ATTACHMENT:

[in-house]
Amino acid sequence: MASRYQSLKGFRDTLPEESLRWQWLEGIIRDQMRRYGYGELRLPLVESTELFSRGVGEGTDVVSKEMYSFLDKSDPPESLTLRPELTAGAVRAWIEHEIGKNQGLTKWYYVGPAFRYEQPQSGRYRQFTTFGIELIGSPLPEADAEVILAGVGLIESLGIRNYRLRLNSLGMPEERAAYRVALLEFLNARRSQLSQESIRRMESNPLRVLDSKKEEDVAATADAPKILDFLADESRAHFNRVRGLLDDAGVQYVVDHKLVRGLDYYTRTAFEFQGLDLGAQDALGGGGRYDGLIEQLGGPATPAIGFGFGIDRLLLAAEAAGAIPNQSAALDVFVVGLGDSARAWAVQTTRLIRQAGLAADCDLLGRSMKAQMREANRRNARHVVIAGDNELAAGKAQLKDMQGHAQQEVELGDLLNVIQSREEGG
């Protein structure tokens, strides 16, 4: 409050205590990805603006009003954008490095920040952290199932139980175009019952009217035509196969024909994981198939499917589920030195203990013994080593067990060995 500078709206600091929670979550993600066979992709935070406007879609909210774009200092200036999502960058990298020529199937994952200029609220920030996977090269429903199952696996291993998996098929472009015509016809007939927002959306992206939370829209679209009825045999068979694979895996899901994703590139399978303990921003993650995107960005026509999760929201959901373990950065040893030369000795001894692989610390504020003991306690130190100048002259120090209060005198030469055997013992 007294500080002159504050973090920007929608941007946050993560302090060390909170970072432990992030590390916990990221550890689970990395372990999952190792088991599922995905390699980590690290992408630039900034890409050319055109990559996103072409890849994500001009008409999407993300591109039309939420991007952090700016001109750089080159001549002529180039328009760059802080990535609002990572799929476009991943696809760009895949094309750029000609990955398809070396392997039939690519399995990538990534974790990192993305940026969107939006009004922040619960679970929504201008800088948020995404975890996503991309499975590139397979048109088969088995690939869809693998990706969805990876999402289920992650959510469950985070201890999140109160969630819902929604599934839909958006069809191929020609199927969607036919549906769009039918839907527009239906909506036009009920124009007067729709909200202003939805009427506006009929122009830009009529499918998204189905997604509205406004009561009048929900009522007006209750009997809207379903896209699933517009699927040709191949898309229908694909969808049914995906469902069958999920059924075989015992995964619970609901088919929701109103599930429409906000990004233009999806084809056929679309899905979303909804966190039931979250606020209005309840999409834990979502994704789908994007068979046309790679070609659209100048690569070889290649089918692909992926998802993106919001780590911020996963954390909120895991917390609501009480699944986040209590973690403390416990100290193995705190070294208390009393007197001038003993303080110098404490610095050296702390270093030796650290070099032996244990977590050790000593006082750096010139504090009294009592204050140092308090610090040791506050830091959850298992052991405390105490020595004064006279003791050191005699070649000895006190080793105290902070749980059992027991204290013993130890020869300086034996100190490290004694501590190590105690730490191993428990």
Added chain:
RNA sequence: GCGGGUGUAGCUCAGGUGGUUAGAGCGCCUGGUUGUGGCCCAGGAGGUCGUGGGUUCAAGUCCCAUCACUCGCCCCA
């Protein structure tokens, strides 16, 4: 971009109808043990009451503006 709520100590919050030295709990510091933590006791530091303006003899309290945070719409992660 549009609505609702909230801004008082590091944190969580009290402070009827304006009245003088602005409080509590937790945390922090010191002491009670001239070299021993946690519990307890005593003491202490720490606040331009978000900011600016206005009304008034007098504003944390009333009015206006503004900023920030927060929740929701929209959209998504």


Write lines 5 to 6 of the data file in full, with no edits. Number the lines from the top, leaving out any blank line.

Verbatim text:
RNA sequence: GCGGGUGUAGCUCAGGUGGUUAGAGCGCCUGGUUGUGGCCCAGGAGGUCGUGGGUUCAAGUCCCAUCACUCGCCCCA
């Protein structure tokens, strides 16, 4: 971009109808043990009451503006 709520100590919050030295709990510091933590006791530091303006003899309290945070719409992660 549009609505609702909230801004008082590091944190969580009290402070009827304006009245003088602005409080509590937790945390922090010191002491009670001239070299021993946690519990307890005593003491202490720490606040331009978000900011600016206005009304008034007098504003944390009333009015206006503004900023920030927060929740929701929209959209998504």